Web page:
2. Does the mailpiece solicit a donation?

In the context of advocacy mailings, a “solicitation for a donation” can seek a broader range of responses than just a donation of funds. Requests for the following kinds of action by the addressee will also be regarded as a solicitation for a donation:

a)   A request or recommendation that the addressee support or oppose, or vote for or against, a specified candidate, proposition, party or other question or item on a general, primary, or special election ballot in a federal, state, or local election, or which is in circulation to appear on such a ballot.

b)   A request that the addressee complete and mail an opinion survey, feedback or evaluation form, petition, open letter, or note or card related to a federal, state, or local election, pending or proposed legislation, or the implementation or rescission of other specific government policies or actions (e.g., “Please return this postcard to your Member of Congress”).

c)   A request that the addressee write correspondence or make a telephone call related to a political candidate, pending or proposed legislation, or the implementation or rescission of other specific government policies or actions (e.g., “Please call your neighbors and urge them to write to the City Council to support Proposition X”).

d)   A request that the addressee communicate with an elected or other government official to seek the passage of legislation or other governmental action (e.g., “Please write to the Chief of Police to request increased patrols in our neighborhood”).

e)   A request that the addressee perform services in kind for a political party or campaign, or for any advocacy organization.

f)  A request that the addressee joins or renew an existing membership in an advocacy organization.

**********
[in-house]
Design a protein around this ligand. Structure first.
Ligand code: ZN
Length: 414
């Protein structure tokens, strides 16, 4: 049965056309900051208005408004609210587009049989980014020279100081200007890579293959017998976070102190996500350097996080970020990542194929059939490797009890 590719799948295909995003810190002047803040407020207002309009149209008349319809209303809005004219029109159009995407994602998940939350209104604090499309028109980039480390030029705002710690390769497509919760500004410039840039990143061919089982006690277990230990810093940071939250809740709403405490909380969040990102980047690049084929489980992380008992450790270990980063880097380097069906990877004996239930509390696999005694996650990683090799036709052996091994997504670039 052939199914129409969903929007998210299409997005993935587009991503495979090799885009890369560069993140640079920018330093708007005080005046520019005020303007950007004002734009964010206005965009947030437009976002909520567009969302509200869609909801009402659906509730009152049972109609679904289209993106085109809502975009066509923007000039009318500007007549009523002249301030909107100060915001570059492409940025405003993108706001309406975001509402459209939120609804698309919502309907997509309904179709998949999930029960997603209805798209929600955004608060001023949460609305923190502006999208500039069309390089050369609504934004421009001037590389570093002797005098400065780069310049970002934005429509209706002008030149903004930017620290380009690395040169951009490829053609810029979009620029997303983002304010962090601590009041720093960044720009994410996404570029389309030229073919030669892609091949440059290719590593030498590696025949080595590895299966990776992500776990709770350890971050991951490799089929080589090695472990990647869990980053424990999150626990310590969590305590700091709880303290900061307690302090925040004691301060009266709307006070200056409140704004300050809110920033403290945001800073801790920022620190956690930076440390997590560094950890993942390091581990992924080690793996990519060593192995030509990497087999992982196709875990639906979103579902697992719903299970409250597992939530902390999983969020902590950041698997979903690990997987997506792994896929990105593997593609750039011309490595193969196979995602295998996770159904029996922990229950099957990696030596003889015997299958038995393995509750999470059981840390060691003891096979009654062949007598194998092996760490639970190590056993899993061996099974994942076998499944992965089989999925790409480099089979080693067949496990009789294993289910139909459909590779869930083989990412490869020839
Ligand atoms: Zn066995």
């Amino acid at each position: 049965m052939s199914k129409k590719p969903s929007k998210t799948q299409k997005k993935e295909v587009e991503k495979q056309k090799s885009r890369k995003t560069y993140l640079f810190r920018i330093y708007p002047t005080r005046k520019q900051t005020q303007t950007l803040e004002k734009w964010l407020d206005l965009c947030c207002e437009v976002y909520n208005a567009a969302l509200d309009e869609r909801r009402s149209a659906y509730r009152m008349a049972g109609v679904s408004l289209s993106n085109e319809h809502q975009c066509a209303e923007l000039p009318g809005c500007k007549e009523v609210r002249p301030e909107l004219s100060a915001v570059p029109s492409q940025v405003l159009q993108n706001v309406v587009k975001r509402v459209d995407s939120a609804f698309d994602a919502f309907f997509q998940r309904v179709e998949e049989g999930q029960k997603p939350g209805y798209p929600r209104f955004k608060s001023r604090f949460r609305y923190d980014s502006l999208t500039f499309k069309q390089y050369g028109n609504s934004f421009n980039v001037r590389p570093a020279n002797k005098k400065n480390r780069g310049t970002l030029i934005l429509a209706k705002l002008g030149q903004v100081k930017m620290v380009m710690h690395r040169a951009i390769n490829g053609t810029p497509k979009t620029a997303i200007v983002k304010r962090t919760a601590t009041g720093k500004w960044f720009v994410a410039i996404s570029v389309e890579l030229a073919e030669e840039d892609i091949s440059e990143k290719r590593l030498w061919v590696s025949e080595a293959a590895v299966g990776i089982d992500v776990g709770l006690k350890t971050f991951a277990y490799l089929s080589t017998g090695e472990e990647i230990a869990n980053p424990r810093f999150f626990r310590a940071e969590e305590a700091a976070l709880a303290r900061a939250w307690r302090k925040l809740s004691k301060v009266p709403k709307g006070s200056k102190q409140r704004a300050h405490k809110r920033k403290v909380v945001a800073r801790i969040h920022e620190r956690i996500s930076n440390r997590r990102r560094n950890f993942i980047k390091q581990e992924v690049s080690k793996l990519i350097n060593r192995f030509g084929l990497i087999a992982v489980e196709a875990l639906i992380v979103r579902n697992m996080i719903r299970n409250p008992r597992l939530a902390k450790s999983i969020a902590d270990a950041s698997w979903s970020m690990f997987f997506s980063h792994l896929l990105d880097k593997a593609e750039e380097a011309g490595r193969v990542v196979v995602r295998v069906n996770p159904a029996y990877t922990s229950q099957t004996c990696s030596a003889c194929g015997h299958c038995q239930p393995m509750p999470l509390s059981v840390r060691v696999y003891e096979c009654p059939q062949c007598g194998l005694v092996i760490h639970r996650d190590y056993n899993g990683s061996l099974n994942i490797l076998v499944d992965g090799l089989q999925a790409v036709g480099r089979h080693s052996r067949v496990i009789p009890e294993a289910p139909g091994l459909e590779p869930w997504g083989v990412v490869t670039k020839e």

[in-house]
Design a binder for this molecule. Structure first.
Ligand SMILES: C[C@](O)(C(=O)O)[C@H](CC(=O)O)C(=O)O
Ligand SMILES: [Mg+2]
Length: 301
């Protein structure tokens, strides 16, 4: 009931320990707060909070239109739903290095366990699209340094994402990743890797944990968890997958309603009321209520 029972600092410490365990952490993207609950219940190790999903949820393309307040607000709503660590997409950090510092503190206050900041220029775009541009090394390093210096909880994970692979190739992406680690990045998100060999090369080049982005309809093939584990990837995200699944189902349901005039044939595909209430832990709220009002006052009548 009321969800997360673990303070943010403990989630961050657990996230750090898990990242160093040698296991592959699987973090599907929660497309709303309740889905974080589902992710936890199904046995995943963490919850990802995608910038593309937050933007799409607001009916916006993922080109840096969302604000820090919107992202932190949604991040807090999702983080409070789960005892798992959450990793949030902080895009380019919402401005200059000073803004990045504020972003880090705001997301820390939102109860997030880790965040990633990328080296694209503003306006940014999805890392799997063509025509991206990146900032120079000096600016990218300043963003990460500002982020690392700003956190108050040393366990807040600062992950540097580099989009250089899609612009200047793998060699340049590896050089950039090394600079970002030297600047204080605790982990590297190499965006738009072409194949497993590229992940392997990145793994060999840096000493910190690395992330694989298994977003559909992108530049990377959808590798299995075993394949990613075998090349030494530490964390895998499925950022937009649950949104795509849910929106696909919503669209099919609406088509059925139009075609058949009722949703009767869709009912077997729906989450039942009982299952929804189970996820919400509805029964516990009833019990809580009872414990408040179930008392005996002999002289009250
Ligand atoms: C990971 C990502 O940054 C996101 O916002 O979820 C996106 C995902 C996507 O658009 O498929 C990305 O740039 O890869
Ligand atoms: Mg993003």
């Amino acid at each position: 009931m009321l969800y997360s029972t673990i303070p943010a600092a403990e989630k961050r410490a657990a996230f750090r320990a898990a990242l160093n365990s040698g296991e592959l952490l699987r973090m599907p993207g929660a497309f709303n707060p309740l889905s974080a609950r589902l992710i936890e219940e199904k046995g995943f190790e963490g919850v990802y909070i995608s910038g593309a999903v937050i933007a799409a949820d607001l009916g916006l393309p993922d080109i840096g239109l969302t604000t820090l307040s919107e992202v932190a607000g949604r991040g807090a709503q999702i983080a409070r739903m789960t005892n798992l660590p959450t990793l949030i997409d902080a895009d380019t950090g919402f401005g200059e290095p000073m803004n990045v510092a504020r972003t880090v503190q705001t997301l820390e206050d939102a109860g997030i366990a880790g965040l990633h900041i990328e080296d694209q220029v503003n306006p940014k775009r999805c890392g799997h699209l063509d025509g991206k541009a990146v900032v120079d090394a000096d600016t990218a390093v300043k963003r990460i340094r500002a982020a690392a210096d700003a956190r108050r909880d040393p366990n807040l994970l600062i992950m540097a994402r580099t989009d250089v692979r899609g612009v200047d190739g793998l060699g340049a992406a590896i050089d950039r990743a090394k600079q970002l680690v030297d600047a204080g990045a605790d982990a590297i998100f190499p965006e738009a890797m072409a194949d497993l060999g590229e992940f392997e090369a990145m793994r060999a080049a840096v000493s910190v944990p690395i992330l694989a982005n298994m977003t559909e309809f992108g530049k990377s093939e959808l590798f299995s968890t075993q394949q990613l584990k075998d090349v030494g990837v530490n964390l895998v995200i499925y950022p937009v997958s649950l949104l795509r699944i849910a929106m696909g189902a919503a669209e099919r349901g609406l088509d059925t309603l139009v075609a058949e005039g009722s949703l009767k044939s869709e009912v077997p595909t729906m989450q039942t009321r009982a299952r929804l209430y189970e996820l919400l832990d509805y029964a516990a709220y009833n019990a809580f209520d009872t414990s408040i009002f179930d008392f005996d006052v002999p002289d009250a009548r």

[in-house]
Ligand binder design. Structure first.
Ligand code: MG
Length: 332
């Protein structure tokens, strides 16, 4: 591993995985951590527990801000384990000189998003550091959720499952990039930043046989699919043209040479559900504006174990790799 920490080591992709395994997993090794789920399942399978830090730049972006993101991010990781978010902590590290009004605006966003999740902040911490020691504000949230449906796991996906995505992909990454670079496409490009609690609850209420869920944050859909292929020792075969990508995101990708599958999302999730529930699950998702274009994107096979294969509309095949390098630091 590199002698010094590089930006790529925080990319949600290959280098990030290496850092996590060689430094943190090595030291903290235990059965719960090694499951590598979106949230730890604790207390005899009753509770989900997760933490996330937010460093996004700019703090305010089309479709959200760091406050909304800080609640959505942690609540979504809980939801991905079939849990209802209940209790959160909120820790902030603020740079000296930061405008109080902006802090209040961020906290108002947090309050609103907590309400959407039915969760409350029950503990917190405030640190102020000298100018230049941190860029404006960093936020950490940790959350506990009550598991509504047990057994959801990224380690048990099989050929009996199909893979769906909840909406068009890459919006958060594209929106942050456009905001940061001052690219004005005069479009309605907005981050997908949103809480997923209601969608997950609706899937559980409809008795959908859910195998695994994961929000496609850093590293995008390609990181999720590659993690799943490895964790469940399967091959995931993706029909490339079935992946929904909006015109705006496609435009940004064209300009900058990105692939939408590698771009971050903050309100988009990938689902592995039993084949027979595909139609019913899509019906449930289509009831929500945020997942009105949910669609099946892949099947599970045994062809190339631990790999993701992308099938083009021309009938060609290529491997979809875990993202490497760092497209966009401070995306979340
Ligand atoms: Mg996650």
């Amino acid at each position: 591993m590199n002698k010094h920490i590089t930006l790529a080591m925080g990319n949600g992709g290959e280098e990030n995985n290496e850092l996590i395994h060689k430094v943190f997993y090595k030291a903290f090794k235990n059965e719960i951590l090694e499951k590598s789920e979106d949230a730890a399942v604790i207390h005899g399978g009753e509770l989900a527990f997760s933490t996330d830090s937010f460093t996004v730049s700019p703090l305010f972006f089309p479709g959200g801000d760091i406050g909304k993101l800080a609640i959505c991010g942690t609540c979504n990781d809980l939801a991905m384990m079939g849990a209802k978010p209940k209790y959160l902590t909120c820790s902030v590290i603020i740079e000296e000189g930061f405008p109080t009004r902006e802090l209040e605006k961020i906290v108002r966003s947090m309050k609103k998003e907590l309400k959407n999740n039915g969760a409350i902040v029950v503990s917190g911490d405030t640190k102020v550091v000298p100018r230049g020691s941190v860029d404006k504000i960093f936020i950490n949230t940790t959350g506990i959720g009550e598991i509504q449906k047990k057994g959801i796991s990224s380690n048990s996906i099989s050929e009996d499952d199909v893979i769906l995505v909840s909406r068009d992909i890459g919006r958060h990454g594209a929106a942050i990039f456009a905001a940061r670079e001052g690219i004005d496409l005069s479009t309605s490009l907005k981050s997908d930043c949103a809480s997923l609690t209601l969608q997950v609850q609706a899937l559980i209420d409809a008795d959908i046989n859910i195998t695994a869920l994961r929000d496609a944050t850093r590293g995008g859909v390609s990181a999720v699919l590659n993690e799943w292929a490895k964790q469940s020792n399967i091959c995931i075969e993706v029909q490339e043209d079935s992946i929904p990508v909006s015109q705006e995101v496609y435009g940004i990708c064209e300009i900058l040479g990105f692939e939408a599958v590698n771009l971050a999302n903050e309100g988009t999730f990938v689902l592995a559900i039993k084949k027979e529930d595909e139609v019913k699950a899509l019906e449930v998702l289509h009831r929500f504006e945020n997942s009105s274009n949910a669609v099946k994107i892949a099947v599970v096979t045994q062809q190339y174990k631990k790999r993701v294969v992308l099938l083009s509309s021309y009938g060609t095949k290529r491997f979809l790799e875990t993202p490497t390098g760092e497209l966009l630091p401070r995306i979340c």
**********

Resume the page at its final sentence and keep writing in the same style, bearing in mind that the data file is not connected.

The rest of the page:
A solicitation need not contain the exact phrases such as “please vote for X,” “please contribute,” “please volunteer,” or “please read”; however, there needs to be content that indicates the action requested. This content may be located in any component of the mailpiece.

3. Is the personal information directly related to the solicitation?

The personal information will be considered to be related directly to the advertising or solicitation if the content of the mailpiece ties the personal information to the solicitation or advertisement. For example:

a)   A reference to the neighborhood, county, metropolitan area, or region of the addressee shall be considered to be directly related to a solicitation for a donation raised from or benefiting the same neighborhood, county, metropolitan area, or region.

b)   Information about the addressee’s polling place, precinct, or electoral district shall be considered to be directly related to a solicitation requesting that the addressee vote at that location concerning a specific cause, candidate, ballot referendum, ballot proposition, or initiative. Information about the addressee’s elected political representatives or political candidates, or ballot propositions or initiatives, shall be considered to be directly related to a request to the addressee to support or oppose those individuals, propositions, or initiatives, or to provide support for a political cause of the mailer.

When a mailpiece contains more than one solicitation, the personal information need relate to only one of the solicitations.

4. Is supporting the solicitation the exclusive reason for including the personal information?

The final step is to consider whether there is any purpose for including the personal information other than to support the solicitation. If nothing in the mailpiece indicates the personal information is included for any purpose other than to solicit the addressee to support an advocacy purpose of the mailer, all of the personal information in the mailpiece shall be regarded as having been provided solely for the purpose of enhancing the solicitation.


Sherry Suggs


Mailing Standards

Headquarters, US Postal Service

Washington, DC  20260-3436